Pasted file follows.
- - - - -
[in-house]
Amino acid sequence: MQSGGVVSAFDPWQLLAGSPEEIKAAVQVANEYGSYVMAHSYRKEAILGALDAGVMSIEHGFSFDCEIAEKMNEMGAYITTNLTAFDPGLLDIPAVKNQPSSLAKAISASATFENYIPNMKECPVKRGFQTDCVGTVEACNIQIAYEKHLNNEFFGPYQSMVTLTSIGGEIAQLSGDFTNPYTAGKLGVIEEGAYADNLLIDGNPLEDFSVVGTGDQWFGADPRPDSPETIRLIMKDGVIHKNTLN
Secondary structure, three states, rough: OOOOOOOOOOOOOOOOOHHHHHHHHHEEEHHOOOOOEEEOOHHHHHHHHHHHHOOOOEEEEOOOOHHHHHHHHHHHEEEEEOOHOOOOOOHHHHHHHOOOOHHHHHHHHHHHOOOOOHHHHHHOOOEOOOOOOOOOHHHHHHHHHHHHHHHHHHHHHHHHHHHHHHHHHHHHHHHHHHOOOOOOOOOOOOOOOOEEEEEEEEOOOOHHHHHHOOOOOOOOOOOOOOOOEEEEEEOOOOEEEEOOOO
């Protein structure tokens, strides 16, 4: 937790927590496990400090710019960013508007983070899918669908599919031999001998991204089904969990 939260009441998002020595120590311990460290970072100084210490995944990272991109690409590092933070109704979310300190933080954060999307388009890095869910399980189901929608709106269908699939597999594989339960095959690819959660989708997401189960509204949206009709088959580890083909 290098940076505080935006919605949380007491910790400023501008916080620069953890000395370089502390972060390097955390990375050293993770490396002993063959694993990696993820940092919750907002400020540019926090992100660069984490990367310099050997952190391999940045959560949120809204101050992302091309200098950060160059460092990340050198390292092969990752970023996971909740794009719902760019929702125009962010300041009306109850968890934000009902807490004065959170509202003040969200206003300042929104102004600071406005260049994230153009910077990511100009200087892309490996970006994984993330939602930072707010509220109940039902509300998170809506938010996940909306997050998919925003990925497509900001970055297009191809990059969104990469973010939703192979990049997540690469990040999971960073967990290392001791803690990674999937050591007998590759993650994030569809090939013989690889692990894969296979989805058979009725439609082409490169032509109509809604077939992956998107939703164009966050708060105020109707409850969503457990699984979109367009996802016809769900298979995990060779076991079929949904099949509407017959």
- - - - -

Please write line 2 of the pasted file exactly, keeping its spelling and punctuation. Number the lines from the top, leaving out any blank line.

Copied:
Amino acid sequence: MQSGGVVSAFDPWQLLAGSPEEIKAAVQVANEYGSYVMAHSYRKEAILGALDAGVMSIEHGFSFDCEIAEKMNEMGAYITTNLTAFDPGLLDIPAVKNQPSSLAKAISASATFENYIPNMKECPVKRGFQTDCVGTVEACNIQIAYEKHLNNEFFGPYQSMVTLTSIGGEIAQLSGDFTNPYTAGKLGVIEEGAYADNLLIDGNPLEDFSVVGTGDQWFGADPRPDSPETIRLIMKDGVIHKNTLN